Plagiarism is the use of someone else's thoughts, words, ideas, or lines of argument in your own work without appropriate documentation (a parenthetical citation at the end and a listing in "Works Cited")-whether you use that material in a quote, paraphrase, or summary. It is a theft of intellectual property and will not be tolerated, whether intentional or not.

Student Honor Creed

As an MSU Student, I pledge not to lie, cheat, steal, or help anyone else do so."

As students at MSU, we recognize that any great society must be composed of empowered, responsible citizens. We also recognize universities play an important role in helping mold these responsible citizens. We believe students themselves play an important part in developing responsible citizenship by maintaining a community where integrity and honorable character are the norm, not the exception.

Thus, We, the Students of Midwestern State University, resolve to uphold the honor of the University by affirming our commitment to complete academic honesty. We resolve not only to be honest but also to hold our peers accountable for complete honesty in all university matters.

We consider it dishonest to ask for, give, or receive help in examinations or quizzes, to use any unauthorized material in examinations, or to present, as one's own, work or ideas which are not entirely one's own. We recognize that any instructor has the right to expect that all student work is honest, original work. We accept and acknowledge that responsibility for lying, cheating, stealing, plagiarism, and other forms of academic dishonesty fundamentally rests within each individual student.

We expect of ourselves academic integrity, personal professionalism, and ethical character. We appreciate steps taken by University officials to protect the honor of the University against any who would disgrace the MSU student body by violating the spirit of this creed.

Written and adopted by the 2002-2003 MSU Student Senate.

The Americans with Disabilities Act (ADA) is a federal anti-discrimination statute that provides comprehensive civil rights protection for persons with disabilities. Among other things, this legislation requires that all students with disabilities be guaranteed a learning environment that provides for reasonable accommodation of their disabilities. If you believe you have a disability requiring an accommodation, please contact the Disability Support Services in Room 168 of the Clark Student Center, (940) 397-4140.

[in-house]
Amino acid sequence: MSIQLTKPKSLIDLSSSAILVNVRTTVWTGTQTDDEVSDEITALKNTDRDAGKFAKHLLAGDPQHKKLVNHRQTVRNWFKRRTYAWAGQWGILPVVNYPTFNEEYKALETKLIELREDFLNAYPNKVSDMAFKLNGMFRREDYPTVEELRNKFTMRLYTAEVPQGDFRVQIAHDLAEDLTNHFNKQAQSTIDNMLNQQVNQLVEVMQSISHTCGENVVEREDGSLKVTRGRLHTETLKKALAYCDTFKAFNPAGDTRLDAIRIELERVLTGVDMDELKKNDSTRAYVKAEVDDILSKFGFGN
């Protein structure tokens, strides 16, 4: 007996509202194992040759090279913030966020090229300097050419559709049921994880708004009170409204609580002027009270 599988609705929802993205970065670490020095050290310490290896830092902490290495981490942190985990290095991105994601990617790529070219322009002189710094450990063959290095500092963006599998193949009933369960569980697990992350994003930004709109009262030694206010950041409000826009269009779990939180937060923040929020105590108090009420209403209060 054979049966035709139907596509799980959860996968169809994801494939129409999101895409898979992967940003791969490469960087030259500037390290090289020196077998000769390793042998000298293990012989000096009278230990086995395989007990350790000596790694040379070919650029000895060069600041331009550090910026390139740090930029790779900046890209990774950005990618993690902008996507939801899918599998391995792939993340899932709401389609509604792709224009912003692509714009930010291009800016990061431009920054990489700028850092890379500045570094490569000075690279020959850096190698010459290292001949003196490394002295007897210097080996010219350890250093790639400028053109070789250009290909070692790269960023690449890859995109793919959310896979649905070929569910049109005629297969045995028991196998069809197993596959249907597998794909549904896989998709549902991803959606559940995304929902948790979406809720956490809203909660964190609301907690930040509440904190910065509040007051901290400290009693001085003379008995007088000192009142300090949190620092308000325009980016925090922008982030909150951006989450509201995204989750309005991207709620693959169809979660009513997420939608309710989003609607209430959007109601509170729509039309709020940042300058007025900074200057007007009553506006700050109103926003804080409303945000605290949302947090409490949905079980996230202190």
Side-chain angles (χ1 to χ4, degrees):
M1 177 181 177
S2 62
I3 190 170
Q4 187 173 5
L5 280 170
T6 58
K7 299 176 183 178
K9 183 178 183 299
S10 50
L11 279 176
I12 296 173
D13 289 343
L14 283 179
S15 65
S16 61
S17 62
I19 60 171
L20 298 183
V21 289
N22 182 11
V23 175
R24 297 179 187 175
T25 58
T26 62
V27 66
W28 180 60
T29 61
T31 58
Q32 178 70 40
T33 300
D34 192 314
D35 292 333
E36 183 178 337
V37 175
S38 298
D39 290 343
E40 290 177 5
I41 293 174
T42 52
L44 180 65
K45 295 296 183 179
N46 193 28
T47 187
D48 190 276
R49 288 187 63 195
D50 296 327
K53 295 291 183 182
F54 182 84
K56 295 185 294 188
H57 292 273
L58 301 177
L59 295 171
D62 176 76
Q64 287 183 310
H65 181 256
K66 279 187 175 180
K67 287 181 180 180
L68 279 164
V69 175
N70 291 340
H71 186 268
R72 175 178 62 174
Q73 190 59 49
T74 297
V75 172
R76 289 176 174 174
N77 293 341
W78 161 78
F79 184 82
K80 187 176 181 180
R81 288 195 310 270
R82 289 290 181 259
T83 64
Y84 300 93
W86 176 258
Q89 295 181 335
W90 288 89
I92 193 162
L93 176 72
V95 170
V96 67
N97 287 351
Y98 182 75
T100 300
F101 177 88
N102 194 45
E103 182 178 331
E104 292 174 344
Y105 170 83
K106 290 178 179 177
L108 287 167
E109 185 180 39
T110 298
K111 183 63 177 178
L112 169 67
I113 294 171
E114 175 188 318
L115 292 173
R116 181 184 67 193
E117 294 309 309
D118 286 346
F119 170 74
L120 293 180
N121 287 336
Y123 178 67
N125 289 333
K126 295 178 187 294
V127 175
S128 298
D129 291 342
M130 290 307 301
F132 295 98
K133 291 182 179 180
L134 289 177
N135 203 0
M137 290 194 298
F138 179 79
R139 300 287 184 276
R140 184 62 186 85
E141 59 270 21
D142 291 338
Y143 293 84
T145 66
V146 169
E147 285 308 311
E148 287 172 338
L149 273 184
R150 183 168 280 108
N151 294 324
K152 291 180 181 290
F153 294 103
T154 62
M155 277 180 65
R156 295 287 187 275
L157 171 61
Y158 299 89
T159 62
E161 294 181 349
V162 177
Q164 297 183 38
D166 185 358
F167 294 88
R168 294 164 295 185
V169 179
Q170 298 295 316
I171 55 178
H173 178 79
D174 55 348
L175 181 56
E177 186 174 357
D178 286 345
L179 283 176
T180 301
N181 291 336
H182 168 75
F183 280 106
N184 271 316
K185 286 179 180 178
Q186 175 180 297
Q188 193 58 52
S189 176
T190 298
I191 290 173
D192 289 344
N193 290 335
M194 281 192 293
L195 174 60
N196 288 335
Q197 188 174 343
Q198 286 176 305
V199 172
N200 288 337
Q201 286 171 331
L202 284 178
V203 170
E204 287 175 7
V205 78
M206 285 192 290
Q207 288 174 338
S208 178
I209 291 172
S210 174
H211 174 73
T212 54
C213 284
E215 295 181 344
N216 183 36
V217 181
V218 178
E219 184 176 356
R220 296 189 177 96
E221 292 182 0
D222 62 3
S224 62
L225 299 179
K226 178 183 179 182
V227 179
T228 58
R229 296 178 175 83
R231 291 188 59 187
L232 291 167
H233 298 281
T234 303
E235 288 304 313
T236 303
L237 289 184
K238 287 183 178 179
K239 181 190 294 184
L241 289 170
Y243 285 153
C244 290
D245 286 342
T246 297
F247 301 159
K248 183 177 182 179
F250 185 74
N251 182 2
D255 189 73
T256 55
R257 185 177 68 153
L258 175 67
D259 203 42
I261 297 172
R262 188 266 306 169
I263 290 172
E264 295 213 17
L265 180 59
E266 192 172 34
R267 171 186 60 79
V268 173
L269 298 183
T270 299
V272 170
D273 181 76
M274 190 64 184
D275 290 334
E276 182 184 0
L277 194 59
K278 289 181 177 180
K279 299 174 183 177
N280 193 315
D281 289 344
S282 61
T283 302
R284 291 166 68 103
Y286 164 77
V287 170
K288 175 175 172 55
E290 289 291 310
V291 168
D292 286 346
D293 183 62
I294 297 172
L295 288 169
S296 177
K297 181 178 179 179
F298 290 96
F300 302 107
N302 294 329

The professor considers this classroom to be a place where you will be treated with respect as a human being - regardless of gender, race, ethnicity, national origin, religious affiliation, sexual orientation, political beliefs, age, or ability. Additionally, diversity of thought is appreciated and encouraged, provided you can agree to disagree. It is the professor's expectation that ALL students consider the classroom a safe environment.

All instructors in the Department have voicemail in their offices and MSUTexas e-mail addresses. Make sure you add your instructor's phone number and e-mail address to both email and cell phone lists of contacts.

All students seeking a Bachelor's degree from Midwestern State University must satisfy a writing proficiency requirement once they've 1) passed the 6 hours of Communication Core and 2) earned 60 hours. Students may meet this requirement in one of three ways: by passing the Writing Proficiency Exam, passing two Writing Intensive Courses (only one can be in the core), or passing English 2113. If you have any questions about the exam, visit the Writing Proficiency Office website at, or call 397-4131.

Senate Bill 11 passed by the 84th Texas Legislature allows licensed handgun holders to carry concealed handguns on campus, effective August 1, 2016. Areas excluded from concealed carry are appropriately marked, in accordance with state law. For more information regarding campus carry, please refer to the University’s webpage at

If you have questions or concerns, please contact MSU Chief of Police at